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UN rights chief Volker Turk decries restrictions imposed on Afghan women, urges Taliban rulers to drop them

Restrictions on Afghan women: United Nation's human rights chief Volker Türk warned that the latest decree by the Taliban rulers will have terrible consequences for women and for all Afghan people.

Edited By: Anurag Roushan @Candid_Tilaiyan Berlin Published on: December 27, 2022 19:50 IST
UN rights chief decries restrictions imposed on Afghan women
Image Source : AP/INDIA TV UN rights chief decries restrictions imposed on Afghan women

Restrictions on Afghan women: The United Nation's human rights chief Volker Türk condemned the growing restrictions on women's rights in Afghanistan and urged the Taliban regime to reverse them as soon as possible. He pointed to the terrible consequences of a decision to bar women from working for non-governmental organisations.

Last week, Taliban authorities banned university education for women, which led to international outrage and protests in several cities in Afghanistan. 

Earlier on December 24, they announced the exclusion of women from NGO work, a move that already has prompted four major international aid agencies to halt their operations in Afghanistan.

Taliban's decree poses risk beyond Afghanistan's borders: UN

 

“No country can develop, indeed survive, socially and economically with half its population excluded," Türk said in a statement issued in Geneva.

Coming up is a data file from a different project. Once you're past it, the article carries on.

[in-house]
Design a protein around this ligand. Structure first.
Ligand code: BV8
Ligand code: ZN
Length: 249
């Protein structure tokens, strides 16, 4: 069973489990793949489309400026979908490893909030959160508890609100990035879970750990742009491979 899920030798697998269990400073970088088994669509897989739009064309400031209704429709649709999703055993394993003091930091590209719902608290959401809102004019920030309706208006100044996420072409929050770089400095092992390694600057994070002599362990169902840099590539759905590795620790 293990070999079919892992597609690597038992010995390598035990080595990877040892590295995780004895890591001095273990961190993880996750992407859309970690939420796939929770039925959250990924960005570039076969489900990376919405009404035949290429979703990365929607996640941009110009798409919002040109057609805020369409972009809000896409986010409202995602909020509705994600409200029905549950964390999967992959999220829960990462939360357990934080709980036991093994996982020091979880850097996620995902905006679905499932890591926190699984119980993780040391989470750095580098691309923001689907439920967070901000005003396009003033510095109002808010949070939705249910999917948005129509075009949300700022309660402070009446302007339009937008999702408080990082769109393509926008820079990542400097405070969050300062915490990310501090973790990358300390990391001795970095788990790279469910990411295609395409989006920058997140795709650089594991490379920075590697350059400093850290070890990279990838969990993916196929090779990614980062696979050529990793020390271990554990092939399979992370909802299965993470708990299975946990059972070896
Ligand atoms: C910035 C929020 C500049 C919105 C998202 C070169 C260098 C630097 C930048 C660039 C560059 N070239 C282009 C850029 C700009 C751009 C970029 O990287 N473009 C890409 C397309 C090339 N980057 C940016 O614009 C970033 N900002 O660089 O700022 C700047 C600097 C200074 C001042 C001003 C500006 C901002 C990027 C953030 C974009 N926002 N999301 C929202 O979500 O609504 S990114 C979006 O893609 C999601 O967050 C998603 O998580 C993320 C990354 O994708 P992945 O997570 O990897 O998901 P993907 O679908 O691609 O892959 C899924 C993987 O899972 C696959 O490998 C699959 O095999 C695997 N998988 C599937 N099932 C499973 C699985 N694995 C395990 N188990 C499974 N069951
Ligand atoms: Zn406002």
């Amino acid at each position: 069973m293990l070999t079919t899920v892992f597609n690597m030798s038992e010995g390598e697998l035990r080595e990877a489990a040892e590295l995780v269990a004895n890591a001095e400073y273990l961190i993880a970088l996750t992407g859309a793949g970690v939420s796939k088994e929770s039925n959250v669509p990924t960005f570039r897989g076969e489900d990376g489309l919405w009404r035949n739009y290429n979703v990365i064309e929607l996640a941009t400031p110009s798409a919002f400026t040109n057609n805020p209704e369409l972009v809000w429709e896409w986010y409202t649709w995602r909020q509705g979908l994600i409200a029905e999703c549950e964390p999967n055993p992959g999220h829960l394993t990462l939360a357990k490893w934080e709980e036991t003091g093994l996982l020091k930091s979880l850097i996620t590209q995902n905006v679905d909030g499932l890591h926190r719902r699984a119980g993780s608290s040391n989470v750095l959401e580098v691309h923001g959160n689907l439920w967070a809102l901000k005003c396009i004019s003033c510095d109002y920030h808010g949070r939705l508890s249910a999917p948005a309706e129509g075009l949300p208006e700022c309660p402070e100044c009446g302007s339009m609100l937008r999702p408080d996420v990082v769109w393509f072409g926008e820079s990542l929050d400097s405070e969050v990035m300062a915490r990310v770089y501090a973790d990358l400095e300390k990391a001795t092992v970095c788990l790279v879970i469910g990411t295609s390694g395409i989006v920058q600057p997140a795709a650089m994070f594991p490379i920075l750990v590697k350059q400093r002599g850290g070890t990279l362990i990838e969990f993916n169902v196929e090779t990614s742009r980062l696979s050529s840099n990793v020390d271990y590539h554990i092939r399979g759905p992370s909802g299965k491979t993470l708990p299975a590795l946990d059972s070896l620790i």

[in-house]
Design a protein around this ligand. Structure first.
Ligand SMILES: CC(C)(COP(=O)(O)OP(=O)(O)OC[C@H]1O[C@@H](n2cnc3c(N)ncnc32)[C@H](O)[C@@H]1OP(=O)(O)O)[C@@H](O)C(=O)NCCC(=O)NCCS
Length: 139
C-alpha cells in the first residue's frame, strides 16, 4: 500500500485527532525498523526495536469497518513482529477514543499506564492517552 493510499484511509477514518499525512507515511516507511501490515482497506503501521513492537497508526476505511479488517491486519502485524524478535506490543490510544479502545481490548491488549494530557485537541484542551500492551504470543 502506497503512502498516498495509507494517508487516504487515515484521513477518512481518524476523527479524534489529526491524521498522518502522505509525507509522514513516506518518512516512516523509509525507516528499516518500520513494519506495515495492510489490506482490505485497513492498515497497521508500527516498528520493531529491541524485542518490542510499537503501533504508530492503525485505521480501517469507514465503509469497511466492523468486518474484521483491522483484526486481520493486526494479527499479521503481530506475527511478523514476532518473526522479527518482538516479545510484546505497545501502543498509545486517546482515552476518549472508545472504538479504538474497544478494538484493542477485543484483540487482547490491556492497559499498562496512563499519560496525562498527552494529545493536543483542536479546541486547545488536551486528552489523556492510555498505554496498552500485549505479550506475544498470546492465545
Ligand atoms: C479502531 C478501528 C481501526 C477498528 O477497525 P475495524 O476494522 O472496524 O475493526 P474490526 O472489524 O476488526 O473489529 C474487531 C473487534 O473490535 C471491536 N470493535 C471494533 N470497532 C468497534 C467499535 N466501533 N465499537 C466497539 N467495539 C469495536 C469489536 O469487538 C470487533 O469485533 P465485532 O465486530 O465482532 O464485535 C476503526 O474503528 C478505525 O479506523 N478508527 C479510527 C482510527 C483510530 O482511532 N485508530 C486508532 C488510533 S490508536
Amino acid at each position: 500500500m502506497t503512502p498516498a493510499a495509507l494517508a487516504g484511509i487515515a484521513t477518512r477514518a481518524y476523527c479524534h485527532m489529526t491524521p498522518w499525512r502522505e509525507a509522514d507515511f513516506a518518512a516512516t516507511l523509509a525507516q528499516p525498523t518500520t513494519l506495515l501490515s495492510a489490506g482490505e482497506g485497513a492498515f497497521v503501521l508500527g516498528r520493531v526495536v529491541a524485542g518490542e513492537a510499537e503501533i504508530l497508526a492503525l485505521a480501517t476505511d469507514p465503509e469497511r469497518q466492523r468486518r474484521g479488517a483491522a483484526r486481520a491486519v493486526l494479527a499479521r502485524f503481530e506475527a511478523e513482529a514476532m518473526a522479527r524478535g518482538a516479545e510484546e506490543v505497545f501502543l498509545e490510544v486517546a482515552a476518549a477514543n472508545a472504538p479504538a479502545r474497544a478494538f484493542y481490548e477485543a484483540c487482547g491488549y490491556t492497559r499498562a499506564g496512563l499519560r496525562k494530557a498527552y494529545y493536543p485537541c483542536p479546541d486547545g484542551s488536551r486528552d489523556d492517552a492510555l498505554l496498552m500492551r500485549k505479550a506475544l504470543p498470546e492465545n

He further added, "these unfathomable restrictions placed on women and girls will not only increase the suffering of all Afghans but, I fear, pose a risk beyond Afghanistan's borders."

ALSO READ: Afghanistan: NGOs suspend work after Taliban bans working women

UN expresses concerns over Taliban's decision to ban women from working for NGOs

According to Türk the latest decree by the Taliban rulers will have terrible consequences for women and for all Afghan people. He further went on to say that banning women from working for NGOs will deprive them and their families of incomes and of the right to “contribute positively” to the country's development.

“The ban will significantly impair, if not destroy, the capacity of these NGOs to deliver the essential services on which so many vulnerable Afghans depend," he said.

Despite initially promising a more moderate rule respecting rights for women and minorities when they took power last year, the Taliban have widely implemented their strict interpretation of Islamic law, or Sharia.

“Women and girls cannot be denied their inherent rights. Attempts by the de facto authorities to relegate them to silence and invisibility will not succeed — it will merely harm all Afghans, compound their suffering, and impede the country's development," Turk added. 

It is pertinent to mention here that the Taliban have banned girls from middle school and high school, restricted women from most employment and ordered them to wear head-to-toe clothing in public. Notably, women are also banned from parks and gyms.

(With AP inputs)

ALSO READ: India expresses concern over Taliban's decision to ban university education for women in Afghanistan

 

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